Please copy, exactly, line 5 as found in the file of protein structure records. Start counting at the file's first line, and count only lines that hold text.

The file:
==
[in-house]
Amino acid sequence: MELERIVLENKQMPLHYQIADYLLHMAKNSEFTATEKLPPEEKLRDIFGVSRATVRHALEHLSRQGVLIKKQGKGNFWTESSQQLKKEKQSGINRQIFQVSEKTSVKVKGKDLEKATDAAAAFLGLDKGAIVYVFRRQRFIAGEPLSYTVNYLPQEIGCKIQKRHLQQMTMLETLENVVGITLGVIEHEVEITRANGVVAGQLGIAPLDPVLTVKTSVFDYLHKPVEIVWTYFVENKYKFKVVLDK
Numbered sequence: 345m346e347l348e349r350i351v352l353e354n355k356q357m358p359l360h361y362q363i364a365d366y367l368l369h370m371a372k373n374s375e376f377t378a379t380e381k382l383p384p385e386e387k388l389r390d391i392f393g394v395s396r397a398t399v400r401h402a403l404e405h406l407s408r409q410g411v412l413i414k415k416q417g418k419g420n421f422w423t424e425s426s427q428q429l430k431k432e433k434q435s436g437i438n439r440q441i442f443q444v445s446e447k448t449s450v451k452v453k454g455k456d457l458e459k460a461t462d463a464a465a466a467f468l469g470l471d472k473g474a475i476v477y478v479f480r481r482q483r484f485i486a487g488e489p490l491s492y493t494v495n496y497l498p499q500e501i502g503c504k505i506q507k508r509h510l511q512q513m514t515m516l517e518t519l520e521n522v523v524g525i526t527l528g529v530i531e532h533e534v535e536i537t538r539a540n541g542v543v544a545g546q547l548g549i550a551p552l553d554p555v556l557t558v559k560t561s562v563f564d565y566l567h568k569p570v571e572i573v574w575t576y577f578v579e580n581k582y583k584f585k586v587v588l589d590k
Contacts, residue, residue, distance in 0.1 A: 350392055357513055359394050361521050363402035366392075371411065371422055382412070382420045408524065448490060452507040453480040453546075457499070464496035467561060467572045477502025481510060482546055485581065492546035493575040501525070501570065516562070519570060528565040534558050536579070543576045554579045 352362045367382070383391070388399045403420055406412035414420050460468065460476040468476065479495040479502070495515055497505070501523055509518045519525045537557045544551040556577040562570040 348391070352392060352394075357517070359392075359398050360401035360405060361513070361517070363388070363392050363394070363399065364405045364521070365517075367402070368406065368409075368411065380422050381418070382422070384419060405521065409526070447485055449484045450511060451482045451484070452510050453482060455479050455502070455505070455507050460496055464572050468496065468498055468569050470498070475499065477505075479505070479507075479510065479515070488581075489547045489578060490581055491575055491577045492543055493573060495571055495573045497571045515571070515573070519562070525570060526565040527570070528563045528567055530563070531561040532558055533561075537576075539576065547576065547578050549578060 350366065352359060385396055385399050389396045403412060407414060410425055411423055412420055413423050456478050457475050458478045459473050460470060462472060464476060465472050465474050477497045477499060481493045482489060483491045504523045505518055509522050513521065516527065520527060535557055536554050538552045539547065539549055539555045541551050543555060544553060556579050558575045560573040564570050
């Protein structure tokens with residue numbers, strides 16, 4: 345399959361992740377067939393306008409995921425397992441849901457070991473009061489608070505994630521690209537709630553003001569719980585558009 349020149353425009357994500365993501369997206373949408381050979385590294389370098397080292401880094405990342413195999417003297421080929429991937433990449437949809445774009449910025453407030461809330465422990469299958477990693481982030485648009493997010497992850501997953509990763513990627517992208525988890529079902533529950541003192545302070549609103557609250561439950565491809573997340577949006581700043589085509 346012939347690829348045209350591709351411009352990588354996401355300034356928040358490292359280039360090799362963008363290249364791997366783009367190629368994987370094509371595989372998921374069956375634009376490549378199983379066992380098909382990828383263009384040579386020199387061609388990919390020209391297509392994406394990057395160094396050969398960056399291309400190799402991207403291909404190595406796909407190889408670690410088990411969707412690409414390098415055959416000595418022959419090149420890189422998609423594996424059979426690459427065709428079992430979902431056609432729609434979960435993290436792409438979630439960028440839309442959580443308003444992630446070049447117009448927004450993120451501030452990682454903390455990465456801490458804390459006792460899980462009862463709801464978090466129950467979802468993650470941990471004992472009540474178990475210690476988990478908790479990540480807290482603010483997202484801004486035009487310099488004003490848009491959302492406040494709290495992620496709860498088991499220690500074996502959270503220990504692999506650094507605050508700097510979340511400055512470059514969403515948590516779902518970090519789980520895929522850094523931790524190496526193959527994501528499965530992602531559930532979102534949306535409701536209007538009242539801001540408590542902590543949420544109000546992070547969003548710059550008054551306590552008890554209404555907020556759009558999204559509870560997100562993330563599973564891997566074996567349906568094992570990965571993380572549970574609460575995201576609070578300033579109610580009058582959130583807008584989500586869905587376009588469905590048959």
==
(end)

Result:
């Protein structure tokens with residue numbers, strides 16, 4: 345399959361992740377067939393306008409995921425397992441849901457070991473009061489608070505994630521690209537709630553003001569719980585558009 349020149353425009357994500365993501369997206373949408381050979385590294389370098397080292401880094405990342413195999417003297421080929429991937433990449437949809445774009449910025453407030461809330465422990469299958477990693481982030485648009493997010497992850501997953509990763513990627517992208525988890529079902533529950541003192545302070549609103557609250561439950565491809573997340577949006581700043589085509 346012939347690829348045209350591709351411009352990588354996401355300034356928040358490292359280039360090799362963008363290249364791997366783009367190629368994987370094509371595989372998921374069956375634009376490549378199983379066992380098909382990828383263009384040579386020199387061609388990919390020209391297509392994406394990057395160094396050969398960056399291309400190799402991207403291909404190595406796909407190889408670690410088990411969707412690409414390098415055959416000595418022959419090149420890189422998609423594996424059979426690459427065709428079992430979902431056609432729609434979960435993290436792409438979630439960028440839309442959580443308003444992630446070049447117009448927004450993120451501030452990682454903390455990465456801490458804390459006792460899980462009862463709801464978090466129950467979802468993650470941990471004992472009540474178990475210690476988990478908790479990540480807290482603010483997202484801004486035009487310099488004003490848009491959302492406040494709290495992620496709860498088991499220690500074996502959270503220990504692999506650094507605050508700097510979340511400055512470059514969403515948590516779902518970090519789980520895929522850094523931790524190496526193959527994501528499965530992602531559930532979102534949306535409701536209007538009242539801001540408590542902590543949420544109000546992070547969003548710059550008054551306590552008890554209404555907020556759009558999204559509870560997100562993330563599973564891997566074996567349906568094992570990965571993380572549970574609460575995201576609070578300033579109610580009058582959130583807008584989500586869905587376009588469905590048959």